For Manning Marable

One of our strongest fighters is gone: Manning Marable's death at age 60, in New York on March 31, leaves us bereft of a consummate talent: a major public intellectual, a committed educator and a wise political leader.

Manning was a tireless writer and activist. A continuous stream of books, articles, and columns flowed from his desk. And he built institutions too: research institutes, journals, websites, archives, projects. He collaborated with innumerable progressive organizations, linking his work deeply to Harlem and New York. He was also deeply immersed in every aspect of U.S. racial politics, and in worldwide struggles as well: against apartheid (in its many forms), as well as class exploitation, sexism. and war.

Take a look at his books. Consider their titles; here are a few: SPEAKING TRUTH TO POWER; THE NEW BLACK RENAISSANCE; SEEKING HIGHER GROUND; THE GREAT WELLS OF DEMOCRACY; BEYOND RACE: NEW SOCIAL MOVEMENTS IN THE AFRICAN DIASPORA... Yes, consider the titles, if you don't know the work. Every book spoke to the necessity for justice, equality and social transformation. Manning was a revolutionary thinker, and also a passionate advocate of democracy. Trained as a historian, he wrote his Ph.D. dissertation on John Langaliblele Dube, the founder of the South African Native National Congress (which became the African National Congress). He produced an important political biography of W.E.B. Du Bois, and died just before the appearance of the most ambitious project of his life, his new book MALCOLM X: A LIFE OF REINVENTION.

There is scarcely a progressive publication in the U.S., including this one, on whose pages his words did not appear.

It is an amazing set of achievements, especially for a radical black democrat, a lifelong avowed socialist. What is particularly striking is not only the volume of Manning's writings and the political commitment he always demonstrated, although those are staggering achievements in their own right. No, what stands out most in Manning Marable's decades of work is the clear perspective, the well worked-out political direction, the line of argument he took. It is a position from which we have much to learn.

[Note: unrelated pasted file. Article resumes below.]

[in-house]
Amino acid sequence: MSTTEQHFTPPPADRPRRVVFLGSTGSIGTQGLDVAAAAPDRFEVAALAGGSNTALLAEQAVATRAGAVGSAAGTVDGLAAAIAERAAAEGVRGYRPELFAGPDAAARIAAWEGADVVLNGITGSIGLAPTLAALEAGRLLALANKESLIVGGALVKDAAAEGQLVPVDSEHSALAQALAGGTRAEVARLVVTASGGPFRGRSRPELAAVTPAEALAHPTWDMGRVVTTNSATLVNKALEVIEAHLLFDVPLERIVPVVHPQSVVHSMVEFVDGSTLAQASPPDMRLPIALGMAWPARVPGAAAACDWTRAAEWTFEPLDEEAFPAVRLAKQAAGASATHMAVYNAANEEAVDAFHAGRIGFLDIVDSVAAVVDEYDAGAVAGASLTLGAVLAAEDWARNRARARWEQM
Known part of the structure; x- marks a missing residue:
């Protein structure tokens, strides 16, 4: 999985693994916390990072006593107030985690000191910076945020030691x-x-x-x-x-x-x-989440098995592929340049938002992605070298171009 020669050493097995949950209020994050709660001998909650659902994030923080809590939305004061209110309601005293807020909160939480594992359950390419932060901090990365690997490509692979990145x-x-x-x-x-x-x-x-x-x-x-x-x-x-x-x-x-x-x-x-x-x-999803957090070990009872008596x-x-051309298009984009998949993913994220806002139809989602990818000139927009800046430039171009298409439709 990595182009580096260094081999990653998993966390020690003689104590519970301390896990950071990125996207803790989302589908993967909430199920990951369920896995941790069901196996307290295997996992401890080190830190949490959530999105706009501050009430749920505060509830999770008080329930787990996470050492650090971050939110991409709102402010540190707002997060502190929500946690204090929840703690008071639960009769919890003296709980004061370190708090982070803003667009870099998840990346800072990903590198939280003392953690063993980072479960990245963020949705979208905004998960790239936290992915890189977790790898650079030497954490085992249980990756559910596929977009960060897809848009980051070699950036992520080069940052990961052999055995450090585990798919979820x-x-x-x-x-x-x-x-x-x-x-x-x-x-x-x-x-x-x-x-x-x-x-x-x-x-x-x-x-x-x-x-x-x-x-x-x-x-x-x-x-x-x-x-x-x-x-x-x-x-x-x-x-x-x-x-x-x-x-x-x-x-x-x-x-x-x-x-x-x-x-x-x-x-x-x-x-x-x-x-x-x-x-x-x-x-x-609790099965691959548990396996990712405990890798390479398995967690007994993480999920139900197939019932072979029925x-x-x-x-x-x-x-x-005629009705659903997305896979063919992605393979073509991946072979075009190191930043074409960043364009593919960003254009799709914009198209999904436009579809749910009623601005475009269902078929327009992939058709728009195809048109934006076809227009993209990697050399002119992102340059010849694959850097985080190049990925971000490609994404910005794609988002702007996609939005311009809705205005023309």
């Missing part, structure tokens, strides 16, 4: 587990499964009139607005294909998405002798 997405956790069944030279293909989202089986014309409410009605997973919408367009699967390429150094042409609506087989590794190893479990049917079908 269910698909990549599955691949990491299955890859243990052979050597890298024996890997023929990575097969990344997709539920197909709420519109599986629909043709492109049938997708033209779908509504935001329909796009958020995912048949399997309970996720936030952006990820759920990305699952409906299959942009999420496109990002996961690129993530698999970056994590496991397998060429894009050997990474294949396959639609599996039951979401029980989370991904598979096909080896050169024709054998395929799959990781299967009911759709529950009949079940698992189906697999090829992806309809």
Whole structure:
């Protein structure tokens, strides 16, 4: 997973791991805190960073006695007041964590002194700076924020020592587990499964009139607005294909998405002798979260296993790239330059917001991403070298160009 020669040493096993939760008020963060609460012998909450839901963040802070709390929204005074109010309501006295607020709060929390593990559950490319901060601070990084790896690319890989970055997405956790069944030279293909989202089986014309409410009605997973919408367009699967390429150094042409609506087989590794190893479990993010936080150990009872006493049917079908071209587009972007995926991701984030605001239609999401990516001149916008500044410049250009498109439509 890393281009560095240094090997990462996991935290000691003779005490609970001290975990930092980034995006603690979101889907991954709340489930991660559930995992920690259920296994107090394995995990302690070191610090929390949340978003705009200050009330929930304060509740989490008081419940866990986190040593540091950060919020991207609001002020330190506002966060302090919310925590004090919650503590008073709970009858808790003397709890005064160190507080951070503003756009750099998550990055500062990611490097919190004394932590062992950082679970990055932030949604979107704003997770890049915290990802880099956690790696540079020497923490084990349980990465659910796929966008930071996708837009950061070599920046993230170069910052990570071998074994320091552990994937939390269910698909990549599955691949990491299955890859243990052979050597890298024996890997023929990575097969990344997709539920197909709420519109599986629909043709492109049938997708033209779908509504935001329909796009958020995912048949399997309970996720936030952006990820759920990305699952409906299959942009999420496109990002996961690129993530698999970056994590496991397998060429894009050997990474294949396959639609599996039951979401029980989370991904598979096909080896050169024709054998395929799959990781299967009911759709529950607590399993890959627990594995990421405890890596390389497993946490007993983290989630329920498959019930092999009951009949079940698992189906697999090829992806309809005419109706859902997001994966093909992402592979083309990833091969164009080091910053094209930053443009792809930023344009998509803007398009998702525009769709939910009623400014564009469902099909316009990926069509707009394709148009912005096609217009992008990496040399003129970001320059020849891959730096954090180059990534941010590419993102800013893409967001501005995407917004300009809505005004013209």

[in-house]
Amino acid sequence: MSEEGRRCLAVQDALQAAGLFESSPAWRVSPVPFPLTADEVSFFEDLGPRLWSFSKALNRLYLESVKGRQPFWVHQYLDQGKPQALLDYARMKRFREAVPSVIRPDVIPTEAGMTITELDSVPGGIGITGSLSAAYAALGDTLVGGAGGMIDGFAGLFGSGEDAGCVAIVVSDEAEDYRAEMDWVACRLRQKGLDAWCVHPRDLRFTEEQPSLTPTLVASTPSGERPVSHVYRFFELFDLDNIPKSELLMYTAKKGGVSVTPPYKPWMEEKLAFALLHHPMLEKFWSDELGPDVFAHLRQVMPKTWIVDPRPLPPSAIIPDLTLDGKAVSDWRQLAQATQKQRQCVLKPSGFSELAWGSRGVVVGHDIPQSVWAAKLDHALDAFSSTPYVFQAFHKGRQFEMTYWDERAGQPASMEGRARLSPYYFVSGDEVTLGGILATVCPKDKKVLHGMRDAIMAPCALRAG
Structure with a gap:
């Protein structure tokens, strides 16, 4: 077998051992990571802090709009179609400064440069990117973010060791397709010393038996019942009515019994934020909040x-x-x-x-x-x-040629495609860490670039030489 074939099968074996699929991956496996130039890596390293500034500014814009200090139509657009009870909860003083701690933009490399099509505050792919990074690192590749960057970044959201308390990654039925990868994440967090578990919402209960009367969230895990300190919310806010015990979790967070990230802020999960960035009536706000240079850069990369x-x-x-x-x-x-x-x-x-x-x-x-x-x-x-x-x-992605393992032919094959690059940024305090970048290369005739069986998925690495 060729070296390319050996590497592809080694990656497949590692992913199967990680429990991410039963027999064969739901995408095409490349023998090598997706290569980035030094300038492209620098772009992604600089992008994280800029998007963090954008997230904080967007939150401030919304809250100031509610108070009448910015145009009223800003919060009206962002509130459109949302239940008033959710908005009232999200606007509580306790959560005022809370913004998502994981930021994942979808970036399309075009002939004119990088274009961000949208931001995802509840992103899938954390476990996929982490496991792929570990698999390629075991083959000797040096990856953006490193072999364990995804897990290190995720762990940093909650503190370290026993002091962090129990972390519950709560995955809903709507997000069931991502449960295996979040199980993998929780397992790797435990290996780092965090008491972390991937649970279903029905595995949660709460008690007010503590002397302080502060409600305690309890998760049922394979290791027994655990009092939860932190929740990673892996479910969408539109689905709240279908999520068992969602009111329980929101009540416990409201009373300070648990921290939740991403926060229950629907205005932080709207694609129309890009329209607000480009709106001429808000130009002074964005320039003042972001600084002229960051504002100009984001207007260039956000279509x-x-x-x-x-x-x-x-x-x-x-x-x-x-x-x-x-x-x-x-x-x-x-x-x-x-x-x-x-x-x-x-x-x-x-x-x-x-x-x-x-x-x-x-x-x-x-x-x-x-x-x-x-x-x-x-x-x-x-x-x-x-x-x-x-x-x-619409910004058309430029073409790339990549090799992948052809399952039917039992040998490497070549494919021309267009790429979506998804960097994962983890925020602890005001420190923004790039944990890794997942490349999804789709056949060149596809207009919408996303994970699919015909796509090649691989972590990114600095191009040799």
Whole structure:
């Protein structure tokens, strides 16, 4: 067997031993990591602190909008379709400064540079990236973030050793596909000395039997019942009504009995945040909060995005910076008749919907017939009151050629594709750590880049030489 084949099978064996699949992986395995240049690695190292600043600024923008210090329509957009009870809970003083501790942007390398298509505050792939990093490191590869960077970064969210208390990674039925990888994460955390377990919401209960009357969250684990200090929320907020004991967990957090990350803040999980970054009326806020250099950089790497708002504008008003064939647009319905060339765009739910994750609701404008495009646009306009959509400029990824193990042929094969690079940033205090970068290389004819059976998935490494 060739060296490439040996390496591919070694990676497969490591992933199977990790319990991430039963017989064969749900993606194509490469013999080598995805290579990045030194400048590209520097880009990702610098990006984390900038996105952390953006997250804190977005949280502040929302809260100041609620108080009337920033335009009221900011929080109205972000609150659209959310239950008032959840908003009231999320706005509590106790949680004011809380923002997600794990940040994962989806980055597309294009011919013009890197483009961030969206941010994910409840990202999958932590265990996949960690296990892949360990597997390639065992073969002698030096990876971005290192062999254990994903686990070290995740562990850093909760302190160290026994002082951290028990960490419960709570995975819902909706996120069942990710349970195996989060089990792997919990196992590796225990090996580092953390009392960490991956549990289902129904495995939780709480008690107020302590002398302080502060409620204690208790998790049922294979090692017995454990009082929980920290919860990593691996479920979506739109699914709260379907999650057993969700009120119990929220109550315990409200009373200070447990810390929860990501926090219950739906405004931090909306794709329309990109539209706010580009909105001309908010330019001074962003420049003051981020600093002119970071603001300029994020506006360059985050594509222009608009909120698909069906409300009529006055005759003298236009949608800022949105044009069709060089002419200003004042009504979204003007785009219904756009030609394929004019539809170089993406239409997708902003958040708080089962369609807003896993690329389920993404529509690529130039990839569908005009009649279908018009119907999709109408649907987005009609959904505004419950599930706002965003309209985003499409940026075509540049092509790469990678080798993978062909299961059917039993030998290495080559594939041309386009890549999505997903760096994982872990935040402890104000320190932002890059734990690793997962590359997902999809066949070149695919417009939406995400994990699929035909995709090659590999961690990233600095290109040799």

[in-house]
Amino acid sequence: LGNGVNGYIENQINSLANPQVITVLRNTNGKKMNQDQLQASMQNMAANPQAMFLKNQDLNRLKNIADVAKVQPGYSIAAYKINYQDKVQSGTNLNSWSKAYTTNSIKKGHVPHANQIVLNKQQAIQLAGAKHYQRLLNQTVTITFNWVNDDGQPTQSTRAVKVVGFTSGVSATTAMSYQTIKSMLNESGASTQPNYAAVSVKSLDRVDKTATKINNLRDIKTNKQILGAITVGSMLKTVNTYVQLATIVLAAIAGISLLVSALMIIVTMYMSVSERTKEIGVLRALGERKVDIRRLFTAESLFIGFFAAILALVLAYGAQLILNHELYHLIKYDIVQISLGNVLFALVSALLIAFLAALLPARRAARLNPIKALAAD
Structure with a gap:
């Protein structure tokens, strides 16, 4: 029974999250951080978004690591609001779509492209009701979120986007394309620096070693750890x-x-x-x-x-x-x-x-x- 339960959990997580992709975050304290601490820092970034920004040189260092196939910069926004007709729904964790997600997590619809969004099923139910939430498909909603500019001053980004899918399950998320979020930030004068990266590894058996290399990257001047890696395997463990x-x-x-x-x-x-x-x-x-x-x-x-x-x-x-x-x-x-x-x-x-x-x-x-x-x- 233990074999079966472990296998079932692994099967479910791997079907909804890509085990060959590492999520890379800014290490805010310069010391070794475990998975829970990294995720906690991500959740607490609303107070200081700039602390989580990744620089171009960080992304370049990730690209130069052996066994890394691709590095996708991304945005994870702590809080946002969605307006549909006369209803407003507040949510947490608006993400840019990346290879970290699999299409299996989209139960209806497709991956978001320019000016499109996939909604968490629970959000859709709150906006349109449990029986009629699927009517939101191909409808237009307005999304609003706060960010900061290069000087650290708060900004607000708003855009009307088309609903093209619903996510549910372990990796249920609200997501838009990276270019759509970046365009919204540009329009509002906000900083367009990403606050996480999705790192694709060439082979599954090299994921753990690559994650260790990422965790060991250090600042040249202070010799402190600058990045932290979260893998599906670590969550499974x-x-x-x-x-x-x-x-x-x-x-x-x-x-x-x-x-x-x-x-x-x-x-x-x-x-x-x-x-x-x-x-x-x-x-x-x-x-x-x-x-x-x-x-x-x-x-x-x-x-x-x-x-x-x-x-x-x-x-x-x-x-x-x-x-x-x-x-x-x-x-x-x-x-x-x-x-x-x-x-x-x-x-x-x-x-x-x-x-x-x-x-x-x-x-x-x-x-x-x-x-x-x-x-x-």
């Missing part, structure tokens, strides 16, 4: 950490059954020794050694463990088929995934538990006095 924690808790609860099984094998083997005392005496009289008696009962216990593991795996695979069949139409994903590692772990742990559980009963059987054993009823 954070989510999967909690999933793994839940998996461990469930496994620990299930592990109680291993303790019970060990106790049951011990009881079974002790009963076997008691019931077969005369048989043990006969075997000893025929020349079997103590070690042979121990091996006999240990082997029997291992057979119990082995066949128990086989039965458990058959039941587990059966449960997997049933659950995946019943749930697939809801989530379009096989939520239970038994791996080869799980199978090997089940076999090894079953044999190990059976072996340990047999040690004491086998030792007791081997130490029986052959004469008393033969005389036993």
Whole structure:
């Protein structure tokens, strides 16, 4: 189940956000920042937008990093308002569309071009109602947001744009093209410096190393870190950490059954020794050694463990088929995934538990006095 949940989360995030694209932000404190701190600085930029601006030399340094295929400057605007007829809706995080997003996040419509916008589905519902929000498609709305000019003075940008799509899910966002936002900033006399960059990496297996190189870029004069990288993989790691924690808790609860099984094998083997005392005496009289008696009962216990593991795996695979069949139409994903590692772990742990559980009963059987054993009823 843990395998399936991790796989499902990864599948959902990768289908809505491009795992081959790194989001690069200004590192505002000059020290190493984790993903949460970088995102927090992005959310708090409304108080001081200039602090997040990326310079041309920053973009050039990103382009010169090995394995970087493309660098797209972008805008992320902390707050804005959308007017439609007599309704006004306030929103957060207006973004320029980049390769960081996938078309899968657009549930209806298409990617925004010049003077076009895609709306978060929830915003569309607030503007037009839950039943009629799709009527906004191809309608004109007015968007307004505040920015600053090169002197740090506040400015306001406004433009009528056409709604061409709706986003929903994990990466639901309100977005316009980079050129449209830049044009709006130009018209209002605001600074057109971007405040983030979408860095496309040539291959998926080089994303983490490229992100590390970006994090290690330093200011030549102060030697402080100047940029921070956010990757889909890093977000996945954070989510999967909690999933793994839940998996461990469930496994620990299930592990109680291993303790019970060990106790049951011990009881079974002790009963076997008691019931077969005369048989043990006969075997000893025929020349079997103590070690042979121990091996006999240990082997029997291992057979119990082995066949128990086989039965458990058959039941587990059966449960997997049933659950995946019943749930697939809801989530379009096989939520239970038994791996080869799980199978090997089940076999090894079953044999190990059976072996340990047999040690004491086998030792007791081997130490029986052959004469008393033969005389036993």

Manning always argued that black politics and the black community itself have an indispensable and basic contribution to make to democracy and social justice, both in the U.S. and on a global scale. He never broke with the tendency that is somewhat crudely called "nationalism," but is more properly considered as black political autonomy. Recognizing the central role black people have played in the construction of the modern world -- in creating capitalism, empire, modernity and indeed popular sovereignty -- Manning always insisted that blackness, in all its varieties and inconsistencies as well as all its amazing political capacities, should never be diluted or effaced, never minimized in its importance: the U.S., the western world, the global South, and in many ways the whole round world, he argued, were and would remain black spaces.

But for the same reasons that he was a black advocate and black thinker, Manning was attuned to the demands of emancipation everywhere. In every system of domination, every dimension of inequality or exclusion, every institutionalized form of predation, Manning saw the same need to resist an enemy that was not only anti-black, but anti-human. Whether that enemy took the form of the greed of Wall Street, the inveterate sexism of American culture, or the ecocide that assaults the earth itself, Manning recognized the common human interest in opposing and defeating it. In that way he was more than a "transformationist," as William Grimes describes him in his respectful obituary in the New York Times on Saturday. To be sure, Manning was a strategic thinker who considered political alliances and coalitions essential elements of movement-building. But above all he was interested in freedom: for black people, for women, for poor and working people all over the world.

That is the essence of radicalism. That is what Manning Marable taught us. Farewell, brother! Thanks for all you gave us.